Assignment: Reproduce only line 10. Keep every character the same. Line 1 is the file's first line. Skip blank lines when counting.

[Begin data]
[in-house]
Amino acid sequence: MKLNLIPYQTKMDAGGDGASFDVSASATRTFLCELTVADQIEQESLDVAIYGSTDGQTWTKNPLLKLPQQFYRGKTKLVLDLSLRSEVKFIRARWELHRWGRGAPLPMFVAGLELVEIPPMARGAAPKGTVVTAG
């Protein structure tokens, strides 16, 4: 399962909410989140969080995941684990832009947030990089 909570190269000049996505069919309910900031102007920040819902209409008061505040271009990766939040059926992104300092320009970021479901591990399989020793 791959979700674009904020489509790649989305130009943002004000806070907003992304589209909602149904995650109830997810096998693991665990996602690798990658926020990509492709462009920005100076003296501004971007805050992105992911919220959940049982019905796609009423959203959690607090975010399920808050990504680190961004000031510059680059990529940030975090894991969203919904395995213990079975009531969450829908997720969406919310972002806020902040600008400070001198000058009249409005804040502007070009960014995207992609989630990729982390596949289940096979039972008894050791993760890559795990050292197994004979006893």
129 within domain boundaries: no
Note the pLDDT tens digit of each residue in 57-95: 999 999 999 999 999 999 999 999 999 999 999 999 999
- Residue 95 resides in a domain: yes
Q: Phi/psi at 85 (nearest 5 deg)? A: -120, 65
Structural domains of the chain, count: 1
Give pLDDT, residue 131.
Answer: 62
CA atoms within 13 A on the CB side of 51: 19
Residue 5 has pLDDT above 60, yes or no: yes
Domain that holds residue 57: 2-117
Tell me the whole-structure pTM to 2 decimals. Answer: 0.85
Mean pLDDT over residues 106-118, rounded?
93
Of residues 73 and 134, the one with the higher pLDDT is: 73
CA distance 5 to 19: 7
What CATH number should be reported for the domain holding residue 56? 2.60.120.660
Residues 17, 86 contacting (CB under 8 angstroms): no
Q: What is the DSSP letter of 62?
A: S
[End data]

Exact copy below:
Answer: 62